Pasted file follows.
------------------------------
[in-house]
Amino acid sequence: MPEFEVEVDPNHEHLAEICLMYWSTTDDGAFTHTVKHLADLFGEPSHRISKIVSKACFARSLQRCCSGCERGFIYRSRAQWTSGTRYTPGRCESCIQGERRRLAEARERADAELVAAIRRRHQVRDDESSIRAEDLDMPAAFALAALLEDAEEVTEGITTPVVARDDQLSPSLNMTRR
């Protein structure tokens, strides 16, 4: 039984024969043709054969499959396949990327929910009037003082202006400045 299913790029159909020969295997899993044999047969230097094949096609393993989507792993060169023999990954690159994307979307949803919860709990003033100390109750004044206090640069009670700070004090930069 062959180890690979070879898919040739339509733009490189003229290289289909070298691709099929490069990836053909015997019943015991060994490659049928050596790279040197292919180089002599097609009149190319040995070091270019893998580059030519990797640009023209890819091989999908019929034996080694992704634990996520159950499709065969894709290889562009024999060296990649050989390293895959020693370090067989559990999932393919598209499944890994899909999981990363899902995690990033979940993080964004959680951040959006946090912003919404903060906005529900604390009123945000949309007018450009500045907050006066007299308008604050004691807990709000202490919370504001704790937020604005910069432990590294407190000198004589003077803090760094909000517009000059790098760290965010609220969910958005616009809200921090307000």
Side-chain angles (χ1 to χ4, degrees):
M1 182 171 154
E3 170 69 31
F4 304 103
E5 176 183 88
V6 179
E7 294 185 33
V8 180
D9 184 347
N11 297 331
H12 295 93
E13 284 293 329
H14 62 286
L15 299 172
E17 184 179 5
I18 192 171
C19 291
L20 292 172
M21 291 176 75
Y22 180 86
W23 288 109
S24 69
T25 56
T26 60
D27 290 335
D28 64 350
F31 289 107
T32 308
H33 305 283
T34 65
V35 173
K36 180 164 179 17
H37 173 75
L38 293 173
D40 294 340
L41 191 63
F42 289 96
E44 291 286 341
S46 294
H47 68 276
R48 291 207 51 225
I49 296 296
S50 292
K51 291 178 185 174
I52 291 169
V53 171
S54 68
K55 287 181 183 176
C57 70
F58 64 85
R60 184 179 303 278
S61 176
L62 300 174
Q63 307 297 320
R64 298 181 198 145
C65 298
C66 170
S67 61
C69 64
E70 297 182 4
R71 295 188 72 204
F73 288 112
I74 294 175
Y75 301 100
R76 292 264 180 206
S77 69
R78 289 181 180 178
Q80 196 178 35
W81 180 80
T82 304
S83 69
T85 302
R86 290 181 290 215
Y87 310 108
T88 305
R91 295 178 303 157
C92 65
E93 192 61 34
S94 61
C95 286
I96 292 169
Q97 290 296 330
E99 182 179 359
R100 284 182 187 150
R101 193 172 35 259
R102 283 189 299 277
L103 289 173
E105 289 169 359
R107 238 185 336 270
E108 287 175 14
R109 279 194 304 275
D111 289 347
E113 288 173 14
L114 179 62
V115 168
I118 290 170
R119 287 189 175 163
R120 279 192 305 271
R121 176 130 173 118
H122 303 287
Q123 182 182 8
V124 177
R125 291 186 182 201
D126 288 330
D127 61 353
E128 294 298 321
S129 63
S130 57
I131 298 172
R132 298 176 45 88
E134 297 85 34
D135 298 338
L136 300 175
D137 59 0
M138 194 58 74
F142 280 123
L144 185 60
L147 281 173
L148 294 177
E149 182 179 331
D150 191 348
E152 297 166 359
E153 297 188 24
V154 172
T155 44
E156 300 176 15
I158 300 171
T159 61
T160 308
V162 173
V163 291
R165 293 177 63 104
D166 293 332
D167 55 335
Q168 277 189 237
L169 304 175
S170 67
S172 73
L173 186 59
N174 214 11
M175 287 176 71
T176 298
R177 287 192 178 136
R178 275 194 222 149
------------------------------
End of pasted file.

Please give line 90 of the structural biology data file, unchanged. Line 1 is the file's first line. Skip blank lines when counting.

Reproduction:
L103 289 173